Skiffle: A New Genre in Folk Music

  December 20, 2023   Read time 4 min
Skiffle: A New Genre in Folk Music
The British folk scene was thriving by midcentury, fueled by a mix of traditional and modern singers, mostly from Britain and the United States. Through the promotional energies of Alan Lomax, Ewan MacColl, and Peter Kennedy there were numerous performances on BBC radio and television, as well as on concert stages.

Much of this musical combination came together in the form of skiffle music, an odd British hybrid that captured public attention for a few years. American jazz had come to England in earlier decades, but became particularly popular following World War II; traditional (or trad) jazz, based on the “original” New Orleans style, had developed a strong following. The term skiffle had been used in the United States in the 1920s as another term for a house party with jazz, and in 1925 there was a Chicago Skiffle jazz group; a few years later Paramount Records issued a sampler Hometown Skiffle record, with Blind Blake, Blind Lemon Jefferson, and others. Bands led by Ken Colyer and Chris Barber, with Lonnie Donegan the banjo player first with Colyer then Barber, led the way.

In 1952 Ken Colyer’s Jazzmen formed an offshoot, which his brother Bill suggested should be called a skiffle group. They were influenced by the songs and stylings of Josh White, Big Bill Broonzy, blues man Lonnie Johnson, Lead Belly, Burl Ives, and Woody Guthrie. It took a few more years for the sound to catch on. In April 1957 a large concert was held at Royal Festival Hall, billed as “London’s First Big Skiffle Session.” Leading the way were Colyer, Alexis Korner, Chas McDevitt, and Donegan. McDevitt has written that at “one point in 1957, it was estimated that there were between 30,000 and 50,000 groups in the British Isles.


The sale of guitars was booming and it was reported that more music shops than jewellers were being broken into.” Skiffle clubs quickly opened, and skiffle records were very popular. The Chris Barber Jazz Band, with Donegan, in 1954 had recorded the album New Orleans Joys, which included the songs “Rock Island Line” and “John Henry.” In 1956 the single of “Rock Island Line” was very successful in both Britain and the United States, leading to Donegan quickly becoming a major recording star. For the next few years skiffle dominated the music charts, with Donegan alone having 30 hit records. BBC radio launched the Saturday Skiffle Club, which lasted for 61 weeks.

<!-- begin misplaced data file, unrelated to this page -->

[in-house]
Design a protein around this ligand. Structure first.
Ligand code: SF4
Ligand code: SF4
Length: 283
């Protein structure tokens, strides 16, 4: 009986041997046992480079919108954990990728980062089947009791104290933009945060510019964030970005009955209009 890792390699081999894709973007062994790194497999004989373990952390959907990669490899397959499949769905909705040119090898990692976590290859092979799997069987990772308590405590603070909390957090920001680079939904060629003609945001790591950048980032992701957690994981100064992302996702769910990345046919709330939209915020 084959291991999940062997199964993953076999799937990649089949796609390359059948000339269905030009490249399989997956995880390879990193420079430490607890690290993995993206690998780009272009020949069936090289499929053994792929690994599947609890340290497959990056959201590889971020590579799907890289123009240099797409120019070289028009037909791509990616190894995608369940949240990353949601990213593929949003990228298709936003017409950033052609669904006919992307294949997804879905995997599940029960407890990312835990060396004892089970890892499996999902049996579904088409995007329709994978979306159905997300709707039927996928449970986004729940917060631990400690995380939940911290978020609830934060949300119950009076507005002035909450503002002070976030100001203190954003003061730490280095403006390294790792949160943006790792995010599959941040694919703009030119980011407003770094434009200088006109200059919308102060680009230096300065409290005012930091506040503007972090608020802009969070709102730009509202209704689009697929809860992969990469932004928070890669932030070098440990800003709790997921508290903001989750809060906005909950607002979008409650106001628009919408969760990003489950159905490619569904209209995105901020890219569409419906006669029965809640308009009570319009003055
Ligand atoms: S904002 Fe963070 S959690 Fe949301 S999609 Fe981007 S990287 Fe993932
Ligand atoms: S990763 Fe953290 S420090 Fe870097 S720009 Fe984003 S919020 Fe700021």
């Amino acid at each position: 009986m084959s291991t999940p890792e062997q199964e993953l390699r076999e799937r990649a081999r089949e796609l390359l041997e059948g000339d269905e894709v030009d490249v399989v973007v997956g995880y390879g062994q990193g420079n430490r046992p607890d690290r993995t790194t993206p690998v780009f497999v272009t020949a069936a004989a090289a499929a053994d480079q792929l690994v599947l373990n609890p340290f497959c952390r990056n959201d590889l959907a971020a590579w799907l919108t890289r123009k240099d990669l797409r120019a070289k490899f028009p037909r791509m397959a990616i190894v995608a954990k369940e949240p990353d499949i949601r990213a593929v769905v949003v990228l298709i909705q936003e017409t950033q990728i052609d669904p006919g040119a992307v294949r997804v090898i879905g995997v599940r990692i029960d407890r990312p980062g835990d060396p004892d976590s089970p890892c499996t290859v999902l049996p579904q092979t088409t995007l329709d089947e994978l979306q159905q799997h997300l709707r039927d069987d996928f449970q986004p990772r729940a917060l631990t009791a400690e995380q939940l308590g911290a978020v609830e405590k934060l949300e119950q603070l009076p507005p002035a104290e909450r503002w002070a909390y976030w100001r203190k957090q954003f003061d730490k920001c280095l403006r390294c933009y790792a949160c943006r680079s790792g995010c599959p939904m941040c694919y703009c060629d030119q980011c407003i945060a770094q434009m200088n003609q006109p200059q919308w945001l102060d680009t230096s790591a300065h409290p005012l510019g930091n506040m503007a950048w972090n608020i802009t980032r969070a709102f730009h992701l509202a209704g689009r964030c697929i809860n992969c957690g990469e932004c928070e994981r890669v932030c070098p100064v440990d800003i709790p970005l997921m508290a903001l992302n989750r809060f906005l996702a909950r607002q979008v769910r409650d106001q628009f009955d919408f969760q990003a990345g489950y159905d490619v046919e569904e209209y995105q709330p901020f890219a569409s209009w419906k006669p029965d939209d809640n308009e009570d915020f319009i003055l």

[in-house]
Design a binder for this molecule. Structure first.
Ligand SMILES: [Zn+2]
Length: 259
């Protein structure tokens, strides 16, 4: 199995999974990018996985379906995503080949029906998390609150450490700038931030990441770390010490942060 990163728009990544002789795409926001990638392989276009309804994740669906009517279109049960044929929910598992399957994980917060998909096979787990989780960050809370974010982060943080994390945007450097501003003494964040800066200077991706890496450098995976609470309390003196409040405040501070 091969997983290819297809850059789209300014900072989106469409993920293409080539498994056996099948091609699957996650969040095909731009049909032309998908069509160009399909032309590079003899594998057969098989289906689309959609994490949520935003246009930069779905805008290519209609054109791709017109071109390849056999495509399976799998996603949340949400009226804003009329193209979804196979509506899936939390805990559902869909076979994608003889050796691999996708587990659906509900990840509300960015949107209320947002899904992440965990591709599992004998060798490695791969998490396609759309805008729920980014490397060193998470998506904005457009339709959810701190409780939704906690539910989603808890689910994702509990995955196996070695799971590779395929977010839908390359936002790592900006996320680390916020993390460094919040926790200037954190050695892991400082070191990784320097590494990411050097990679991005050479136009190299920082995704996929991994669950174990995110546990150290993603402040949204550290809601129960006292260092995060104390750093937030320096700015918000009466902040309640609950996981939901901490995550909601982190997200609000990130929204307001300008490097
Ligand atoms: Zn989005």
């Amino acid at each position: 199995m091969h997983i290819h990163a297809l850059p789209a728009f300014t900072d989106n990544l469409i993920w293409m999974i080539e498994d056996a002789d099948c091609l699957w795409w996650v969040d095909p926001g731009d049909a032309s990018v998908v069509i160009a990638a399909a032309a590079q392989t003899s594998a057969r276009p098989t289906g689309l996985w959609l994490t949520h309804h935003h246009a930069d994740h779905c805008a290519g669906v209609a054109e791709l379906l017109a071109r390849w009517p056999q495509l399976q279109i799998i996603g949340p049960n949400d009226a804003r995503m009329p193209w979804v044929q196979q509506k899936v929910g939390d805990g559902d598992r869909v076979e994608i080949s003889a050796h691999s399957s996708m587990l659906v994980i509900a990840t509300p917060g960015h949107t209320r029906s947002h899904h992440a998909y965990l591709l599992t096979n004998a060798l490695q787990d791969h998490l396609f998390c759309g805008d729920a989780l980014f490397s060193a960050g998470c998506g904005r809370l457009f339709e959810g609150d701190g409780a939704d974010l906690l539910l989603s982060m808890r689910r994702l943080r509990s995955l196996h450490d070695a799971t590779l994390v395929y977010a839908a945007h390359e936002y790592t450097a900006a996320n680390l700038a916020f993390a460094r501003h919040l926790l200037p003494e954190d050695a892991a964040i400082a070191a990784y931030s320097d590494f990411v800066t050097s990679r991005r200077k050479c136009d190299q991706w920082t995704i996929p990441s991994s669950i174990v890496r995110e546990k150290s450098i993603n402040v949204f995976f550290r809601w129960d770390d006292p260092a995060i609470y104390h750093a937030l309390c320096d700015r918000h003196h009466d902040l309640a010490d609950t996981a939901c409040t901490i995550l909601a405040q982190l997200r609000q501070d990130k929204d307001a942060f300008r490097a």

Skiffle’s appeal was broad indeed. Alan Lomax and Ewan MacColl joined the bandwagon. Together they created the Ramblers, with Shirley Collins, Peggy Seeger, Pete’s half-sister and newly arrived from the United States, and others. They issued one album, Alan Lomax and the Ramblers, in 1956, They also made 14 one-hour programs for Granada TV. Lomax considered skiffle to be a healthy musical movement, since it would hopefully lead to a greater interest in traditional British songs. “Now it is noticeable that the skifflers are beginning to show interest in other songs than jailhouse ditties and bad man ballads,” he wrote in 1957.

“I have the greatest confidence in the world that their mastery of their instruments will increase, that they will get tired after a while of their monotonous two-beat imitation of Negro rhythm and that, in looking around, they will discover the song-tradition of Great Britain. This tradition, in melodic terms, is probably the richest in Western Europe.” Initially based in youth clubs and coffee bars, dance halls and theaters, skiffle reached a broader audience in 1957 with the launching of the BBC TV program SixFive Special, which featured live groups.

The Skiffle Cellar now opened in London, featuring the top skiffle and jazz bands, as well as Americans Jack Elliott and Derrol Adams, Peggy Seeger, and Sonny Terry and Brownie McGhee. The Chas McDevitt Skiffle Group traveled to the United States in 1957 and even appeared on the popular Ed Sullivan TV show. Lonnie Donegan, however, was the most popular performer on both sides of the Atlantic. Unlike rock and roll, which had an aura of rebellion, skiffle was considered safe by the establishment. Indeed, Brian Bird, author of Skiffle: The Story of Folk Song with a Jazz Beat (1958), was a country clergyman who believed that “Skiffle has achieved a genuine social significance, and Skifflers have become the purveyors of the people’s music in all its glory.”

He thought skiffle had an assured future, but this was not to be; its popularity waned by 1958. “Skiffle’s life was short but it was, without doubt, the foundation upon which the next two decades of British popular music was built,” concludes historian Michael Brocken. Some skiffle musicians continued to perform folk music, while many others preferred rock and roll. “With this hybrid of African-American blues, Anglo-American folk, and traditional jazz, many British performers and audiences were apparently also exposed to a range of traditional American and British material for the first time,” ethnomusicologist Britta Sweers has concluded.

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